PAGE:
The Chief Risk Officer as Trojan Horse: How Sarbanes-Oxley Promoted the Abuse of Risky Derivatives. Frank Dobbin, 2016, Paper. “In the wake of the Enron, Worldcom, and Tyco scandals, Congress passed the Sarbanes-Oxley Act of 2002 to restrain corporate risk, malfeasance, and fraud. Many commercial banks responded by appointing chief risk officers to manage compliance. But risk managers entered their new positions with a professional agenda to maximize riskadjusted returns. The agenda, we predict, led chief risk officers to promote reliance on riskier derivatives. We also predict that others with the power to direct firm strategy responded by championing or restraining risk-taking, depending on their interests. Fund managers and CEOs with large, illiquid stakes in a bank restrained the chief risk officer, while CEOs dependent on bonuses endorsed riskier strategies. We test these ideas with data on 157 large commercial banks between 1995 and 2010. We contribute to institutional theory’s understanding of the professions in two ways …” Link

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Rage against the Iron Cage: The Varied Effects of Bureaucratic Personnel Reforms on Diversity

Rage against the Iron Cage: The Varied Effects of Bureaucratic Personnel Reforms on Diversity. Frank Dobbin, October 2015, Paper. “Organization scholars since Max Weber have argued that formal personnel systems can prevent discrimination. We draw on sociological and psychological literatures to develop a theory of the varied effects of bureaucratic reforms on managerial motivation. Drawing on self-perception and cognitive-dissonance theories, we contend that initiatives that engage managers in promoting diversity — special recruitment and training programs — will increase diversity. Drawing on job-autonomy and self-determination theories…Link

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Resisting the Iron Cage: The Effects of Bureaucratic Reforms to Promote Equity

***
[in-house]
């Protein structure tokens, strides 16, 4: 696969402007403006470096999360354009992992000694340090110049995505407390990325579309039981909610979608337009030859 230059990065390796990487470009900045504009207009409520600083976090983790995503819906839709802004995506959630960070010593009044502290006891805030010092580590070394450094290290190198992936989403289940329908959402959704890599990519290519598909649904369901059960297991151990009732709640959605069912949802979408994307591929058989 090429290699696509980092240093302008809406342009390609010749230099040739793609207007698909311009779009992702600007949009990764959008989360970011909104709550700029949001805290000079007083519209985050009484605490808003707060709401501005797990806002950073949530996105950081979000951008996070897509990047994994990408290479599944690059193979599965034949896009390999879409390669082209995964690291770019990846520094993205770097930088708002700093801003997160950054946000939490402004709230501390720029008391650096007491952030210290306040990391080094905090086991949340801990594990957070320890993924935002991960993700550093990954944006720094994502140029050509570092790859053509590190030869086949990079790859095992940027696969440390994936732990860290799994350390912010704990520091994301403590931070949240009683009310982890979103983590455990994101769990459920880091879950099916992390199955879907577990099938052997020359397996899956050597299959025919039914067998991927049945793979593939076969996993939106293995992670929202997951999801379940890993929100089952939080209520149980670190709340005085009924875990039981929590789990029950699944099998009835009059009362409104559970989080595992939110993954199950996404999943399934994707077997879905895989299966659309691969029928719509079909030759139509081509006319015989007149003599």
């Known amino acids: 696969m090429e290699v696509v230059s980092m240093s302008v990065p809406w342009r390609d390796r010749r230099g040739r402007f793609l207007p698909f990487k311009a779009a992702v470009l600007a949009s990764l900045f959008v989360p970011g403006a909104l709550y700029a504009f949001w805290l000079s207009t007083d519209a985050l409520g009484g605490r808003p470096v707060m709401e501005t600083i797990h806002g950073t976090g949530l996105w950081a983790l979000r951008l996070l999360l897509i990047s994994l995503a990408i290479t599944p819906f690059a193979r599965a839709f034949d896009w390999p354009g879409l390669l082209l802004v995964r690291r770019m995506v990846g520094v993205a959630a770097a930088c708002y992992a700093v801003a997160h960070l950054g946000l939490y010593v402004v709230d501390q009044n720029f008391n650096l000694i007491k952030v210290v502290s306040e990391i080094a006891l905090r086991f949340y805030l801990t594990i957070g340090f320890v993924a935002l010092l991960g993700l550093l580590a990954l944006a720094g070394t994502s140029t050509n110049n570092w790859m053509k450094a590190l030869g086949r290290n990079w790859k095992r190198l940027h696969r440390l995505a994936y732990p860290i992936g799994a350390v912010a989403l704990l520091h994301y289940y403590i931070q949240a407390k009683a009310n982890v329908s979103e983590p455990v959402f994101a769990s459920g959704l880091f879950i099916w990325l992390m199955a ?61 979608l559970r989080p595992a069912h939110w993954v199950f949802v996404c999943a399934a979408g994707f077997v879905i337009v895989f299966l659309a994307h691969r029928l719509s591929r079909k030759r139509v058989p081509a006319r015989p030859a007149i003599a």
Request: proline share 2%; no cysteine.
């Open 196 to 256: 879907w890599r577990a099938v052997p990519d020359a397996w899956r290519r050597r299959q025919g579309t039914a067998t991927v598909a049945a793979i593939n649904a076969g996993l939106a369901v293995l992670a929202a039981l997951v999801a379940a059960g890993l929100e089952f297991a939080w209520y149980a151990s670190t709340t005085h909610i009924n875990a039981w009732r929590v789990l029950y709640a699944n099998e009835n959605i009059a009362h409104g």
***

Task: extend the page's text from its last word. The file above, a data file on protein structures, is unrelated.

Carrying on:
Resisting the Iron Cage: The Effects of Bureaucratic Reforms to Promote Equity. Frank Dobbin, September 2014, Paper. “Organization scholars since Max Weber have argued that formal personnel systems can prevent discrimination. Studies show both positive and negative effects. We draw on sociological and psychological literatures to develop a nuanced theory of the effects of bureaucracy. Drawing on self-perception and contact theories, we contend that initiatives that engage managers in promoting diversity, such as special recruitment and training programs, will increase diversity…” Link

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The Origins and Effects of Corporate Diversity Programs

The Origins and Effects of Corporate Diversity Programs. Frank Dobbin, 2013, Book Chapter. “Corporations have implemented a wide range of equal opportunity and diversity programs since the 1960s. This chapter reviews studies of the origins of these programs, surveys that assess the popularity of different programs, and research on the effects of programs on the workforce. Human resources managers championed several waves of innovations: corporate equal opportunity policies and recruitment and training programs in the 1960s, bureaucratic hiring and promotion policies and grievance mechanisms in the 1970s…” Link verified August 21, 2014